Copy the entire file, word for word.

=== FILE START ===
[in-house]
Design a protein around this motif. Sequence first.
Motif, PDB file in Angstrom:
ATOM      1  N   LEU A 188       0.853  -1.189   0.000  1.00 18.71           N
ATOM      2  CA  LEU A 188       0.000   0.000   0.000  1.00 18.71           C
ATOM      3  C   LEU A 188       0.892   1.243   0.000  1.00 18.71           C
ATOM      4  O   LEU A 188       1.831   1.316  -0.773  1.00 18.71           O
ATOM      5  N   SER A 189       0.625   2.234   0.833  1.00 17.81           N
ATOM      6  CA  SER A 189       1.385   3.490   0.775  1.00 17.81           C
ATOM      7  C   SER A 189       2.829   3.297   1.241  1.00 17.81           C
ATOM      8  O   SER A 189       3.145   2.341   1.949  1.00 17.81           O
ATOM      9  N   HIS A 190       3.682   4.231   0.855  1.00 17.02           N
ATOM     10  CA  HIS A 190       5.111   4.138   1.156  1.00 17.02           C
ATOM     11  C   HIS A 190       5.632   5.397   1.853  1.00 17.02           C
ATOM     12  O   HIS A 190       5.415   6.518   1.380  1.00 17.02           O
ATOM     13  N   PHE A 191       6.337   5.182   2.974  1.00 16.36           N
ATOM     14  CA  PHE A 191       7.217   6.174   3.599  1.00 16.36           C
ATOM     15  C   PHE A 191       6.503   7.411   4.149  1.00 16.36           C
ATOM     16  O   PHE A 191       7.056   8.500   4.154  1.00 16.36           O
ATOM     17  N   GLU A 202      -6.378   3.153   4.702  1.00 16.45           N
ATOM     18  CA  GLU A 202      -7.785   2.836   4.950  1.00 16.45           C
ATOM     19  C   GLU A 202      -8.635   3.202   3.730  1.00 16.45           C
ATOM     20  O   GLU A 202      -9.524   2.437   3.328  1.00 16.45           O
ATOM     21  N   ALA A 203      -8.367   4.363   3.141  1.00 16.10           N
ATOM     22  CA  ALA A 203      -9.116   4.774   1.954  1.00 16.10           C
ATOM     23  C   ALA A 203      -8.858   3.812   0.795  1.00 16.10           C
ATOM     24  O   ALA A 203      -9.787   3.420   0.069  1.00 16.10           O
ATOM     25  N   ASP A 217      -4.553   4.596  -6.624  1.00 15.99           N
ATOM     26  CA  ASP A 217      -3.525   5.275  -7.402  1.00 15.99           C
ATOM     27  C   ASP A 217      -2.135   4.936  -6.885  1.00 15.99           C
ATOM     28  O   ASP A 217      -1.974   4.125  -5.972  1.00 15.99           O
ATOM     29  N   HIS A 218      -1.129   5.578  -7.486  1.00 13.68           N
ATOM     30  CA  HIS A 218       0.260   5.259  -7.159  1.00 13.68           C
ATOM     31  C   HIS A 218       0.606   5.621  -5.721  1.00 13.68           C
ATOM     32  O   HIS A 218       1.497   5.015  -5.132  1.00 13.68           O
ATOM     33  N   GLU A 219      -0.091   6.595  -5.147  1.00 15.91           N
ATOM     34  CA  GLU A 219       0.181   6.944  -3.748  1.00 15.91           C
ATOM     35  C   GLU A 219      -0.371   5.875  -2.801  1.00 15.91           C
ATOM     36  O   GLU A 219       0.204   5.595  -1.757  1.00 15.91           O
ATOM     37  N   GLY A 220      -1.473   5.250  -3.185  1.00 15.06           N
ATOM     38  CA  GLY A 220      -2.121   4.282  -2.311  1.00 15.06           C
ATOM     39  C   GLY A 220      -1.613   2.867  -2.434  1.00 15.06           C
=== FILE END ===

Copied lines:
[in-house]
Design a protein around this motif. Sequence first.
Motif, PDB file in Angstrom:
ATOM      1  N   LEU A 188       0.853  -1.189   0.000  1.00 18.71           N
ATOM      2  CA  LEU A 188       0.000   0.000   0.000  1.00 18.71           C
ATOM      3  C   LEU A 188       0.892   1.243   0.000  1.00 18.71           C
ATOM      4  O   LEU A 188       1.831   1.316  -0.773  1.00 18.71           O
ATOM      5  N   SER A 189       0.625   2.234   0.833  1.00 17.81           N
ATOM      6  CA  SER A 189       1.385   3.490   0.775  1.00 17.81           C
ATOM      7  C   SER A 189       2.829   3.297   1.241  1.00 17.81           C
ATOM      8  O   SER A 189       3.145   2.341   1.949  1.00 17.81           O
ATOM      9  N   HIS A 190       3.682   4.231   0.855  1.00 17.02           N
ATOM     10  CA  HIS A 190       5.111   4.138   1.156  1.00 17.02           C
ATOM     11  C   HIS A 190       5.632   5.397   1.853  1.00 17.02           C
ATOM     12  O   HIS A 190       5.415   6.518   1.380  1.00 17.02           O
ATOM     13  N   PHE A 191       6.337   5.182   2.974  1.00 16.36           N
ATOM     14  CA  PHE A 191       7.217   6.174   3.599  1.00 16.36           C
ATOM     15  C   PHE A 191       6.503   7.411   4.149  1.00 16.36           C
ATOM     16  O   PHE A 191       7.056   8.500   4.154  1.00 16.36           O
ATOM     17  N   GLU A 202      -6.378   3.153   4.702  1.00 16.45           N
ATOM     18  CA  GLU A 202      -7.785   2.836   4.950  1.00 16.45           C
ATOM     19  C   GLU A 202      -8.635   3.202   3.730  1.00 16.45           C
ATOM     20  O   GLU A 202      -9.524   2.437   3.328  1.00 16.45           O
ATOM     21  N   ALA A 203      -8.367   4.363   3.141  1.00 16.10           N
ATOM     22  CA  ALA A 203      -9.116   4.774   1.954  1.00 16.10           C
ATOM     23  C   ALA A 203      -8.858   3.812   0.795  1.00 16.10           C
ATOM     24  O   ALA A 203      -9.787   3.420   0.069  1.00 16.10           O
ATOM     25  N   ASP A 217      -4.553   4.596  -6.624  1.00 15.99           N
ATOM     26  CA  ASP A 217      -3.525   5.275  -7.402  1.00 15.99           C
ATOM     27  C   ASP A 217      -2.135   4.936  -6.885  1.00 15.99           C
ATOM     28  O   ASP A 217      -1.974   4.125  -5.972  1.00 15.99           O
ATOM     29  N   HIS A 218      -1.129   5.578  -7.486  1.00 13.68           N
ATOM     30  CA  HIS A 218       0.260   5.259  -7.159  1.00 13.68           C
ATOM     31  C   HIS A 218       0.606   5.621  -5.721  1.00 13.68           C
ATOM     32  O   HIS A 218       1.497   5.015  -5.132  1.00 13.68           O
ATOM     33  N   GLU A 219      -0.091   6.595  -5.147  1.00 15.91           N
ATOM     34  CA  GLU A 219       0.181   6.944  -3.748  1.00 15.91           C
ATOM     35  C   GLU A 219      -0.371   5.875  -2.801  1.00 15.91           C
ATOM     36  O   GLU A 219       0.204   5.595  -1.757  1.00 15.91           O
ATOM     37  N   GLY A 220      -1.473   5.250  -3.185  1.00 15.06           N
ATOM     38  CA  GLY A 220      -2.121   4.282  -2.311  1.00 15.06           C
ATOM     39  C   GLY A 220      -1.613   2.867  -2.434  1.00 15.06           C